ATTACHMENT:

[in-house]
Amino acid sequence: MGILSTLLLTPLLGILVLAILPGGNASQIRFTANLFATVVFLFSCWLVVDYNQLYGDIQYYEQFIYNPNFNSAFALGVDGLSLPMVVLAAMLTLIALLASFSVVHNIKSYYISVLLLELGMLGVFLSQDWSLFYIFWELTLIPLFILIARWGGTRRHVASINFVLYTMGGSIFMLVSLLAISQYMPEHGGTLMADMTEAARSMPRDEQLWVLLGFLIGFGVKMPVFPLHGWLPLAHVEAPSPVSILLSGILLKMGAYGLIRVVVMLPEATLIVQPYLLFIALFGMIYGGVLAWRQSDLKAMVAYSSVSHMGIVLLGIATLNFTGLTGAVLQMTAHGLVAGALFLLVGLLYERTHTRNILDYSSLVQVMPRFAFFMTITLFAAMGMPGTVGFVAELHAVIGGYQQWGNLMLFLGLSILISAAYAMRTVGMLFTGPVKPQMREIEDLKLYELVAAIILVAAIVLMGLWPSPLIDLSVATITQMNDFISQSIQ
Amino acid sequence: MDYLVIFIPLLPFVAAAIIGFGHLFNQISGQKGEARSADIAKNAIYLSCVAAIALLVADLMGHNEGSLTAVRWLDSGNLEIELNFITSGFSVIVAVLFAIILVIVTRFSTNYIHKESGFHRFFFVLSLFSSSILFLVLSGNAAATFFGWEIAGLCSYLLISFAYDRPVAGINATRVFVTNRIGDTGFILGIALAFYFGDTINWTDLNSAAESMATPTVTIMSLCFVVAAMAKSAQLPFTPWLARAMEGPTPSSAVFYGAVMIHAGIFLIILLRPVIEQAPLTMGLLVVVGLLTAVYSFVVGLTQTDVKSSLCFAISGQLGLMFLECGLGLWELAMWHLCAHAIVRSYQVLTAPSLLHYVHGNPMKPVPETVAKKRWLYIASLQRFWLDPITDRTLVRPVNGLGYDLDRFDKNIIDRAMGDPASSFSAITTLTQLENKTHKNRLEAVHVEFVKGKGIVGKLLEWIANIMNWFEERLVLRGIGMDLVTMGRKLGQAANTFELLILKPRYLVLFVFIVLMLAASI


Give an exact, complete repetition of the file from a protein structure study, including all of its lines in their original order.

[in-house]
Amino acid sequence: MGILSTLLLTPLLGILVLAILPGGNASQIRFTANLFATVVFLFSCWLVVDYNQLYGDIQYYEQFIYNPNFNSAFALGVDGLSLPMVVLAAMLTLIALLASFSVVHNIKSYYISVLLLELGMLGVFLSQDWSLFYIFWELTLIPLFILIARWGGTRRHVASINFVLYTMGGSIFMLVSLLAISQYMPEHGGTLMADMTEAARSMPRDEQLWVLLGFLIGFGVKMPVFPLHGWLPLAHVEAPSPVSILLSGILLKMGAYGLIRVVVMLPEATLIVQPYLLFIALFGMIYGGVLAWRQSDLKAMVAYSSVSHMGIVLLGIATLNFTGLTGAVLQMTAHGLVAGALFLLVGLLYERTHTRNILDYSSLVQVMPRFAFFMTITLFAAMGMPGTVGFVAELHAVIGGYQQWGNLMLFLGLSILISAAYAMRTVGMLFTGPVKPQMREIEDLKLYELVAAIILVAAIVLMGLWPSPLIDLSVATITQMNDFISQSIQ
Amino acid sequence: MDYLVIFIPLLPFVAAAIIGFGHLFNQISGQKGEARSADIAKNAIYLSCVAAIALLVADLMGHNEGSLTAVRWLDSGNLEIELNFITSGFSVIVAVLFAIILVIVTRFSTNYIHKESGFHRFFFVLSLFSSSILFLVLSGNAAATFFGWEIAGLCSYLLISFAYDRPVAGINATRVFVTNRIGDTGFILGIALAFYFGDTINWTDLNSAAESMATPTVTIMSLCFVVAAMAKSAQLPFTPWLARAMEGPTPSSAVFYGAVMIHAGIFLIILLRPVIEQAPLTMGLLVVVGLLTAVYSFVVGLTQTDVKSSLCFAISGQLGLMFLECGLGLWELAMWHLCAHAIVRSYQVLTAPSLLHYVHGNPMKPVPETVAKKRWLYIASLQRFWLDPITDRTLVRPVNGLGYDLDRFDKNIIDRAMGDPASSFSAITTLTQLENKTHKNRLEAVHVEFVKGKGIVGKLLEWIANIMNWFEERLVLRGIGMDLVTMGRKLGQAANTFELLILKPRYLVLFVFIVLMLAASI